For seeing the Proportion of the Sides is as 16 ½ to 18, or in lesser Numbers as 11 to 12, and that 11 multiplied into 11 become 121, and 12 into 12 become 144, the Proportion of these Superficies shall be as 121 to 144, and so have 288 to 242, in reciprocal Proportion.

On the contrary, if a question be proposed concerning the Side of a Superficies, the two Numbers of the first Denomination must be reckoned in the Line of Superficies, and the Sector opened in the terms of the first Number to the quantity of a Line, out of the Line of Lines or some Scale of equal parts, resembling the second Number; so his Parallel taken between the terms of the third Number being measured in the same Scale with the second Number, shall give the fourth Number required.

As if a Field containeth 288 Acres when it was measured with a Statute Perch of 16 ½, and being measured with another Perch, was found to contain 242 Acres, it were required to know what was the length of the Perch with which it was measured.

Here because the proportion is reciprocal, if I took 16 ½ out of the Line of Lines, and put it over 242 in the Line of Superficies, his Parallel between 288 and 288, being measured in the Line of Lines, would be 18, and such ist the length of the perch (in Feet) wherewhich the Filed was last measured.

For seeing the proportion of the Acres is as 288 unto 242, or in lesse Numbers, as 144 to 121, and that the Root of 144 is 12, and the Root of 121 is 11, the Proportion of Roots, and consequently of the perches, shall be as 12 to 11, and so are 16 ½ to 18 in reciprocal Proportion.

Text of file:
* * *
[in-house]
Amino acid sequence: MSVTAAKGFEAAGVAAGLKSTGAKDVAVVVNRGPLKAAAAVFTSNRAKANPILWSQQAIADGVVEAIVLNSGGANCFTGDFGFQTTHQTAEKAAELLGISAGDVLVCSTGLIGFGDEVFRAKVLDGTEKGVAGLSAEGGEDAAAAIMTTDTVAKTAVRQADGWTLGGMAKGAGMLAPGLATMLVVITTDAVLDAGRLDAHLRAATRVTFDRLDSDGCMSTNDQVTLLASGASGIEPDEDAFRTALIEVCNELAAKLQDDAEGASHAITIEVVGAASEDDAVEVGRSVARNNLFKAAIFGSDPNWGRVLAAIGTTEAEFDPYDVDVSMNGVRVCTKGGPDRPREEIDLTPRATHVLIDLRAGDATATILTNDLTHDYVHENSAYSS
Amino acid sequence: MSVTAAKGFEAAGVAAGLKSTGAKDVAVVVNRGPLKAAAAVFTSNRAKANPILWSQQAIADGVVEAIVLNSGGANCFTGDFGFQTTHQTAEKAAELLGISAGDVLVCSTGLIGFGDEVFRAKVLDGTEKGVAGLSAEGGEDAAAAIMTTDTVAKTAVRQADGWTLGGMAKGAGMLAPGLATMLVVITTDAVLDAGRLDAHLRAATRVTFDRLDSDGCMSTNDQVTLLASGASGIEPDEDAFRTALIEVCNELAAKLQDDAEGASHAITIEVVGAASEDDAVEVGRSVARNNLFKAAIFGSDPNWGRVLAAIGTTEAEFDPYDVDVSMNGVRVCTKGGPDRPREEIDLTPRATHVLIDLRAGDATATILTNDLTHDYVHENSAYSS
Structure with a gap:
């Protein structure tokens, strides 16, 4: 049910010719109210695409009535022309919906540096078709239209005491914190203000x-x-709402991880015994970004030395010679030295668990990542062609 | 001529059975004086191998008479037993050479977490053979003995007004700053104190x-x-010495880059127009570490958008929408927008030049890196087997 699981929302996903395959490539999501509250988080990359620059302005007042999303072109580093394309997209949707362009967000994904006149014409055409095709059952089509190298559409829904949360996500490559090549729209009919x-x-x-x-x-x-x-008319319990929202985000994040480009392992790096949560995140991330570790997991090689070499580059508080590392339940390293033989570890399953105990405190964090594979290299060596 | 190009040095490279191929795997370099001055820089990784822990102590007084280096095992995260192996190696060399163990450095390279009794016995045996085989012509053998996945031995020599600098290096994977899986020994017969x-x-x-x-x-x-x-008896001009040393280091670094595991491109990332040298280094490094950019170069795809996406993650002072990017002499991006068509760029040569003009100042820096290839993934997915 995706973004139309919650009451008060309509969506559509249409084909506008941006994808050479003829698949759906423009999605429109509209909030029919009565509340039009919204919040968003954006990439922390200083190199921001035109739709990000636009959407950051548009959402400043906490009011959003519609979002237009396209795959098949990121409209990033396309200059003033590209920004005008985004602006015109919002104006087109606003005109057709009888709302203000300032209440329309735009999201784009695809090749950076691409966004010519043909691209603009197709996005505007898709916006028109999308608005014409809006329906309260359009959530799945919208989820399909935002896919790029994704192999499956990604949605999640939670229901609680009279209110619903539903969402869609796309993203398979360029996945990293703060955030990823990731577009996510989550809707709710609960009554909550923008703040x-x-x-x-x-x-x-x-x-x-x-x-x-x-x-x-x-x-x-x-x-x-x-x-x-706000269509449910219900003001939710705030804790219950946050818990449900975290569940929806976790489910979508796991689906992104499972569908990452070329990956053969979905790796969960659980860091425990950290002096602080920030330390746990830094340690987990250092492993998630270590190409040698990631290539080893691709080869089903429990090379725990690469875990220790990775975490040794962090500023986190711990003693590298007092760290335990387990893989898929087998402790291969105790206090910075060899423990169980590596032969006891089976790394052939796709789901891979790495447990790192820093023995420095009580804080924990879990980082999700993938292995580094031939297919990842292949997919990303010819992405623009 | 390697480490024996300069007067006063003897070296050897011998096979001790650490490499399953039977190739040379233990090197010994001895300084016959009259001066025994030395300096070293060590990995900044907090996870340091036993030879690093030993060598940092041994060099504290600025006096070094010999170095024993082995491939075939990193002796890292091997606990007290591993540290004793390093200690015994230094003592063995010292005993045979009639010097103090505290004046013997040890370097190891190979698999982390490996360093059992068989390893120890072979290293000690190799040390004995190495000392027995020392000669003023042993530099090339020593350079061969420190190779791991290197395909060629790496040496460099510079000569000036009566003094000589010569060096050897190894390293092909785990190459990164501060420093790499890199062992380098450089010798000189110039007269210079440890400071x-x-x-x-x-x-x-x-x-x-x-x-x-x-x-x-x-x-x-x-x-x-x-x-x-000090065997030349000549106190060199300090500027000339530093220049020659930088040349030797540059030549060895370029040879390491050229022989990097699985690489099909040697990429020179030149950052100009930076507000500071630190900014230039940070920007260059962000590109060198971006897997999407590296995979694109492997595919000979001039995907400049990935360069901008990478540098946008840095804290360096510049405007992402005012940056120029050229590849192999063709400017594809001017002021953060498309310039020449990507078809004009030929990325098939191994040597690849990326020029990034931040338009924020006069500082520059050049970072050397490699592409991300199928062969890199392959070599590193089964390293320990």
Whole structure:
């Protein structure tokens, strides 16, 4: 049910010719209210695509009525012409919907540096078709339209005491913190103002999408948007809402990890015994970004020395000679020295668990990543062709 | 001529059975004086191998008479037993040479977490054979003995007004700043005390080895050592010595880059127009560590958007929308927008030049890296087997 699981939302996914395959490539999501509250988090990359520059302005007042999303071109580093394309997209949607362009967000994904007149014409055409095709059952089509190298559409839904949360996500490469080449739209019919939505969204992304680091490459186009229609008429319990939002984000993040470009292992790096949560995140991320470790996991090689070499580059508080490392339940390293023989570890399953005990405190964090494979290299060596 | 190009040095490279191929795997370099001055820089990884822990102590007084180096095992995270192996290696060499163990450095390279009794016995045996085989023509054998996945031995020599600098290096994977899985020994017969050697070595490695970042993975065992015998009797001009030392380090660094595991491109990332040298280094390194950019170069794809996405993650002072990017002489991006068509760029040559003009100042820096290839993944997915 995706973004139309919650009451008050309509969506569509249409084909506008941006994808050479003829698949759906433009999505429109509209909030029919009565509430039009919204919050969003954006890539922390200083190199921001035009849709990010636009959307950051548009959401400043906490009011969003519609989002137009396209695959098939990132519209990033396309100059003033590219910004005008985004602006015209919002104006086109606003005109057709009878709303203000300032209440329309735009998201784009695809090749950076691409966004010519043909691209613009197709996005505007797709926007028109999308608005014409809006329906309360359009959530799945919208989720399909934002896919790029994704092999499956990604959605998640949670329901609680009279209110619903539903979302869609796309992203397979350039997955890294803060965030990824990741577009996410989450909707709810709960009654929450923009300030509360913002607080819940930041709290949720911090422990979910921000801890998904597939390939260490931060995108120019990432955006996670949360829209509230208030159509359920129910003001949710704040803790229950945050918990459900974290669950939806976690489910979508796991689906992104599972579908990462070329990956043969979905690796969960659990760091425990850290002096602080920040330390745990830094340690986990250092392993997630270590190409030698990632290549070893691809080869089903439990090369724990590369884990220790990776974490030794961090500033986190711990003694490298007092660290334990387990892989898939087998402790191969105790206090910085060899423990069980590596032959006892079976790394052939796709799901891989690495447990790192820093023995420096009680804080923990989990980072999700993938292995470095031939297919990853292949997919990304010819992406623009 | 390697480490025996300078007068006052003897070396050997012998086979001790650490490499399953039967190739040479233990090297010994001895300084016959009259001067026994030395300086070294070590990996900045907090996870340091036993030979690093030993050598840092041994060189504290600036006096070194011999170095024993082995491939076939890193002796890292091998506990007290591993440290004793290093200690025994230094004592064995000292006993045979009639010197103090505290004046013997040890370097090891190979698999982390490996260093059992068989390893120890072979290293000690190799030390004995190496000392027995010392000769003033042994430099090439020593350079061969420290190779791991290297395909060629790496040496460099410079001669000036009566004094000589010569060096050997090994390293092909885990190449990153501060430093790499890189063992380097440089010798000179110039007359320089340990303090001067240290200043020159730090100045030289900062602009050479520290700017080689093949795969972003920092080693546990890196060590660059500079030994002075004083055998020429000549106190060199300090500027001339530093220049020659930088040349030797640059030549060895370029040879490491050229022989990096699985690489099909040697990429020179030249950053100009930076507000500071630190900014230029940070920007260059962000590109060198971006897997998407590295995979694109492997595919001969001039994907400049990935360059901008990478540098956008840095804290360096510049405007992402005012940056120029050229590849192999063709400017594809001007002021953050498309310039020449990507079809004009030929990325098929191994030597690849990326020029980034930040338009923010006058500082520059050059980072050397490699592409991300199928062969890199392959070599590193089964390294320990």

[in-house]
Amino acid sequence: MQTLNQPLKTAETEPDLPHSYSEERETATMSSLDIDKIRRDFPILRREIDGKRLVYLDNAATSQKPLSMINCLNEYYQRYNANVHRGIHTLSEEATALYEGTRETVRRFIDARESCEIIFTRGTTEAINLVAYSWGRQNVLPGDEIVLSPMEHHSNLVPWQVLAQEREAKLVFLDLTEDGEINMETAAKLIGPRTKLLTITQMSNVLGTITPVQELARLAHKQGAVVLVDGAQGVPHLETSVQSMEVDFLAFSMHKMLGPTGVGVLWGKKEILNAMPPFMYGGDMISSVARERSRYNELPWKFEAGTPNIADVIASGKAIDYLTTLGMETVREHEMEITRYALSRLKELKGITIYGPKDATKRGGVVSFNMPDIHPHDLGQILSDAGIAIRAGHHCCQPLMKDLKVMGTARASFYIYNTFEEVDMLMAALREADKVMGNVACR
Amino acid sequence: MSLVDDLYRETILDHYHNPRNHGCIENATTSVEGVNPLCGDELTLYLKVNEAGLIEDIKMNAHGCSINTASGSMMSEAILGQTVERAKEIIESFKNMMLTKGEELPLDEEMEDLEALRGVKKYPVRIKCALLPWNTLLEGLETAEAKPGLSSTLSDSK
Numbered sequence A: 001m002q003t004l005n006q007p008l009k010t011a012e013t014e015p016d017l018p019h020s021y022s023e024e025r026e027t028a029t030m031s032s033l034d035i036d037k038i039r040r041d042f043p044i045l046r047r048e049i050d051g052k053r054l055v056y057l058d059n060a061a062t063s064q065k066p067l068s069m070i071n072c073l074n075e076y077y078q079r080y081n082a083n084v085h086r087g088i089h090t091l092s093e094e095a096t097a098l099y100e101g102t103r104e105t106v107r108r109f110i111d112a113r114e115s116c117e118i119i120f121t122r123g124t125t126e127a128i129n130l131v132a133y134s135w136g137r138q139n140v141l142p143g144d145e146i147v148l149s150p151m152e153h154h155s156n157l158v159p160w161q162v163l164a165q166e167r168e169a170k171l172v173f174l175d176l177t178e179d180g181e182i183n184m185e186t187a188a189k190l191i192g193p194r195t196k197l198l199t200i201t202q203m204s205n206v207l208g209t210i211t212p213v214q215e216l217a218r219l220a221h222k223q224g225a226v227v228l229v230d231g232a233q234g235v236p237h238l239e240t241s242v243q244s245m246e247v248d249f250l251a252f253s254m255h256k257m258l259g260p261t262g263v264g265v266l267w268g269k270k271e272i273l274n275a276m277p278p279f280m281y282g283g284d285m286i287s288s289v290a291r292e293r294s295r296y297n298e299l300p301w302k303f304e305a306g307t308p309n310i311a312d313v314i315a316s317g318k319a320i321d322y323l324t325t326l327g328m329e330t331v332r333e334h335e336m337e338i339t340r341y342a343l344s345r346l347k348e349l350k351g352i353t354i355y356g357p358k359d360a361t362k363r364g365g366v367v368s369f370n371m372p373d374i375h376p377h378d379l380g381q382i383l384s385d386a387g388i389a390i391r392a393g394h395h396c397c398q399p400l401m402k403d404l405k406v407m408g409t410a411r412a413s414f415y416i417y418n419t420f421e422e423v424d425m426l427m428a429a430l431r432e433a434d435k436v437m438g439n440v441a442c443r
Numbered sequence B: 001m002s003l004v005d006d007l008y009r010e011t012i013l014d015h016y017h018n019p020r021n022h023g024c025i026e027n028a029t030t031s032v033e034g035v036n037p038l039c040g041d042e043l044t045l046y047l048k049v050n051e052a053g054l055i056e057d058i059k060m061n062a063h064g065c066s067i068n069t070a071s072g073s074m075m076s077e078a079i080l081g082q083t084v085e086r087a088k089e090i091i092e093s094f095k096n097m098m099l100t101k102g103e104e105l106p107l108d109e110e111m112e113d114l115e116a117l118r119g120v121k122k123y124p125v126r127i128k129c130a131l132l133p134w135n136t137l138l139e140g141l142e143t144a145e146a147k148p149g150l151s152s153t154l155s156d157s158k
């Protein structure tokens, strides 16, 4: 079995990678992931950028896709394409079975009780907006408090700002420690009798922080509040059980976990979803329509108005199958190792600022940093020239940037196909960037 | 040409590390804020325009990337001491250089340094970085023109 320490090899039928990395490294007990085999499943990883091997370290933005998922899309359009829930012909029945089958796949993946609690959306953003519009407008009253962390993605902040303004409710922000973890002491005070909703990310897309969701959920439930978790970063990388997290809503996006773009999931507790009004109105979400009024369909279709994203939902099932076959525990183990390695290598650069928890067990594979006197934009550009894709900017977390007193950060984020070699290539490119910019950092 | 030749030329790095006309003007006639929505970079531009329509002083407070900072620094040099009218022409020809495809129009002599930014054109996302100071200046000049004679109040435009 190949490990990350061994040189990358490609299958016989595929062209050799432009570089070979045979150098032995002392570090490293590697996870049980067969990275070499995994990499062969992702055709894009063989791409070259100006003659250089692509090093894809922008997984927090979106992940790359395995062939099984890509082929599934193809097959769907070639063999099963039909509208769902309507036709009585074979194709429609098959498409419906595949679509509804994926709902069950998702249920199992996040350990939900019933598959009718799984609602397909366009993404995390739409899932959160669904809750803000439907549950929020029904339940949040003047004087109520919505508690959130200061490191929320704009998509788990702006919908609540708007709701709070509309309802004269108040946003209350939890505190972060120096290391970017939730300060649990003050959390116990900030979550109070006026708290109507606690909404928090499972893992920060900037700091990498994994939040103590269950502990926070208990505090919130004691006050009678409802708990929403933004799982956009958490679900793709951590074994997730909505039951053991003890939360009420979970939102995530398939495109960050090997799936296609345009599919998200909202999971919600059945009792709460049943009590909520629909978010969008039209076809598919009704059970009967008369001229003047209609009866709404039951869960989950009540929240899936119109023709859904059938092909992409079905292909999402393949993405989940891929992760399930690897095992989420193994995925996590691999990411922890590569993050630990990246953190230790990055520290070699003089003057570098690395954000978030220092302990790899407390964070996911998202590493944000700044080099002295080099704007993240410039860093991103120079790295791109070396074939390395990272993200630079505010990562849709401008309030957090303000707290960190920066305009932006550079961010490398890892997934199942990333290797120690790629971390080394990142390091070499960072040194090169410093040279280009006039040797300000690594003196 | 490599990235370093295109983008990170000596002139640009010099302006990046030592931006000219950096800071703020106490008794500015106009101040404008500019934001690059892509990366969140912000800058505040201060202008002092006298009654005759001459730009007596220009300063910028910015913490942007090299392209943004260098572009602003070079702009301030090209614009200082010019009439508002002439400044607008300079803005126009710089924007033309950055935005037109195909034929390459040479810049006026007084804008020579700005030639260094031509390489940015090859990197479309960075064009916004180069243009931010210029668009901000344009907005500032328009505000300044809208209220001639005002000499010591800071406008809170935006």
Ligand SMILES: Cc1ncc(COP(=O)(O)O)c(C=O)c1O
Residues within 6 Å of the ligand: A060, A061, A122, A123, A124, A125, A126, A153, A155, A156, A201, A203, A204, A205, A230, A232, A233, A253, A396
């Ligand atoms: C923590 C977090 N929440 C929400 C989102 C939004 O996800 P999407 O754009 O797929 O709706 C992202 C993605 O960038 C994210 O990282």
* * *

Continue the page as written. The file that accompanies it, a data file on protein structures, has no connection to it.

If 360 men were to be set in form of a long Square, whose Sides shall have the Proportion of 5 to 8; and it were required to know the Number of men to be placed in front and file: If the Sides were only 5 and 8, there should be but 40 men; but there are 360: therefore working as before, I find that,

• As 40 to the Square of 5: So 360 to the Square of 15.
• As 40 to the Square of 8: So 360 to the Square of 24.

And so 15 and 24 are the Sides required.

If 1000 men were lodged in a square ground whose Side were 60 paces, and it were required to know the Side of the Square wherein 5000 might be lodged, here working as before, I should find that,

• As 1000, are to the Square of 60: So 5000 to the Square of 134.

And such, very near, is the Number of paces required.

11. How to describe a Parabola, by help of the Line of Lines and Superficies. Upon A n as the Diameter, prick down, by the Line of Lines, the equal Parts A0, Au, Ay, Af, Am, An, &c. and from these Points raise the Perpendicular 0 x, uz, yg, fp, mq, nh, &c. And upon the Perpendicular 0x, assume the Point x, and open the Sector in the Line of Superficies, so that 0x (being the first Perpendicular) may fall in with the Points 1...1 (the first of the Line of Superficies: Then if you take off from the same Line 2...2, you shall prick down uz, and 3...3 gives yg; and 4...4, fp; 5...5, mq; 6...6, nh; &c.

Or, you may begin your work from nh, which (because it is the sixth Perpendicular) take from n to h, the Point assumed, and set that length in the Line of Superficies from 6 to 6, so may you prick down the other Points correspondingly.

Through these Points h, q, p, g, with an even hand draw the parabola.

And here note, that Parabola's may be described of infinite Variety, according to the Cones from whence the are taken, yet keeping all one and the same length. © Rainer Stumpe URL: www.rainerstumpe.de